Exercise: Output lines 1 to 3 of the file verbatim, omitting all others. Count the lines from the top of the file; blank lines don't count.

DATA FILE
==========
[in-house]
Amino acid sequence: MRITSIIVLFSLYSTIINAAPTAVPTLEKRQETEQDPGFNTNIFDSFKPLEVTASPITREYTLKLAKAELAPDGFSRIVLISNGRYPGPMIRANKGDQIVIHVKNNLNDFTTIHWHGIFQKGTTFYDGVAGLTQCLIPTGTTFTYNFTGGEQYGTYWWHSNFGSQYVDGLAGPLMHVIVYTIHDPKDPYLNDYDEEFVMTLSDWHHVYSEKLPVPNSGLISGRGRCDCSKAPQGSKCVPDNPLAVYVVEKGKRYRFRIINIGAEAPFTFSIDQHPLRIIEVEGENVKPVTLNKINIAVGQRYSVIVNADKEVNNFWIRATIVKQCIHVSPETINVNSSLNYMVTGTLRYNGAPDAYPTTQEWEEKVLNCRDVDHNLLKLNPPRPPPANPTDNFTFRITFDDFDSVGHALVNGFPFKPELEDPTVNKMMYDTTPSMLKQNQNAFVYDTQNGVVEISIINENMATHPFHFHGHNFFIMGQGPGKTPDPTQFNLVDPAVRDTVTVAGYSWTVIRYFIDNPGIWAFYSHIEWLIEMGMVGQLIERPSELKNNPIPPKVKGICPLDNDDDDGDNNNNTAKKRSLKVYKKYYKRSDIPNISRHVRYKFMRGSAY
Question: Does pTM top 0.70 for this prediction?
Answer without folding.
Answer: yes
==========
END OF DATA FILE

[in-house]
Amino acid sequence: MRITSIIVLFSLYSTIINAAPTAVPTLEKRQETEQDPGFNTNIFDSFKPLEVTASPITREYTLKLAKAELAPDGFSRIVLISNGRYPGPMIRANKGDQIVIHVKNNLNDFTTIHWHGIFQKGTTFYDGVAGLTQCLIPTGTTFTYNFTGGEQYGTYWWHSNFGSQYVDGLAGPLMHVIVYTIHDPKDPYLNDYDEEFVMTLSDWHHVYSEKLPVPNSGLISGRGRCDCSKAPQGSKCVPDNPLAVYVVEKGKRYRFRIINIGAEAPFTFSIDQHPLRIIEVEGENVKPVTLNKINIAVGQRYSVIVNADKEVNNFWIRATIVKQCIHVSPETINVNSSLNYMVTGTLRYNGAPDAYPTTQEWEEKVLNCRDVDHNLLKLNPPRPPPANPTDNFTFRITFDDFDSVGHALVNGFPFKPELEDPTVNKMMYDTTPSMLKQNQNAFVYDTQNGVVEISIINENMATHPFHFHGHNFFIMGQGPGKTPDPTQFNLVDPAVRDTVTVAGYSWTVIRYFIDNPGIWAFYSHIEWLIEMGMVGQLIERPSELKNNPIPPKVKGICPLDNDDDDGDNNNNTAKKRSLKVYKKYYKRSDIPNISRHVRYKFMRGSAY
Question: Does pTM top 0.70 for this prediction?